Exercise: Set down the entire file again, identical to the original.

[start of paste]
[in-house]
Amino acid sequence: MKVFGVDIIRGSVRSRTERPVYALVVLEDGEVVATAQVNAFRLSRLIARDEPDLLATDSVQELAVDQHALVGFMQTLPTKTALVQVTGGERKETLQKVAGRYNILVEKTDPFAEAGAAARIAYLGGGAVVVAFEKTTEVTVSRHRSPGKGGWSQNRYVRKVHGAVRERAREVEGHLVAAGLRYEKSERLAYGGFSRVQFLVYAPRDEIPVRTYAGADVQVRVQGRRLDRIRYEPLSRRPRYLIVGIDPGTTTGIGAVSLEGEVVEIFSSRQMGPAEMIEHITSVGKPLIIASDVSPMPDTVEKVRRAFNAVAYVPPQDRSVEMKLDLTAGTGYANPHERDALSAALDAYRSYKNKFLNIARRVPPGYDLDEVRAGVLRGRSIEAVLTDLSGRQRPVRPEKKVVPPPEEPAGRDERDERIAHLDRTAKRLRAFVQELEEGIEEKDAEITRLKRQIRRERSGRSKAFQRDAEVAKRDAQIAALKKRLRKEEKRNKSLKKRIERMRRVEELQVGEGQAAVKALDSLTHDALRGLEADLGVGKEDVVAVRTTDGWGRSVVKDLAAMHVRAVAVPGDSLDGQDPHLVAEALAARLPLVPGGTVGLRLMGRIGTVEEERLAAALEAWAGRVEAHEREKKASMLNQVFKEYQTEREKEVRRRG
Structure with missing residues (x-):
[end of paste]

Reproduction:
[in-house]
Amino acid sequence: MKVFGVDIIRGSVRSRTERPVYALVVLEDGEVVATAQVNAFRLSRLIARDEPDLLATDSVQELAVDQHALVGFMQTLPTKTALVQVTGGERKETLQKVAGRYNILVEKTDPFAEAGAAARIAYLGGGAVVVAFEKTTEVTVSRHRSPGKGGWSQNRYVRKVHGAVRERAREVEGHLVAAGLRYEKSERLAYGGFSRVQFLVYAPRDEIPVRTYAGADVQVRVQGRRLDRIRYEPLSRRPRYLIVGIDPGTTTGIGAVSLEGEVVEIFSSRQMGPAEMIEHITSVGKPLIIASDVSPMPDTVEKVRRAFNAVAYVPPQDRSVEMKLDLTAGTGYANPHERDALSAALDAYRSYKNKFLNIARRVPPGYDLDEVRAGVLRGRSIEAVLTDLSGRQRPVRPEKKVVPPPEEPAGRDERDERIAHLDRTAKRLRAFVQELEEGIEEKDAEITRLKRQIRRERSGRSKAFQRDAEVAKRDAQIAALKKRLRKEEKRNKSLKKRIERMRRVEELQVGEGQAAVKALDSLTHDALRGLEADLGVGKEDVVAVRTTDGWGRSVVKDLAAMHVRAVAVPGDSLDGQDPHLVAEALAARLPLVPGGTVGLRLMGRIGTVEEERLAAALEAWAGRVEAHEREKKASMLNQVFKEYQTEREKEVRRRG
Structure with missing residues (x-):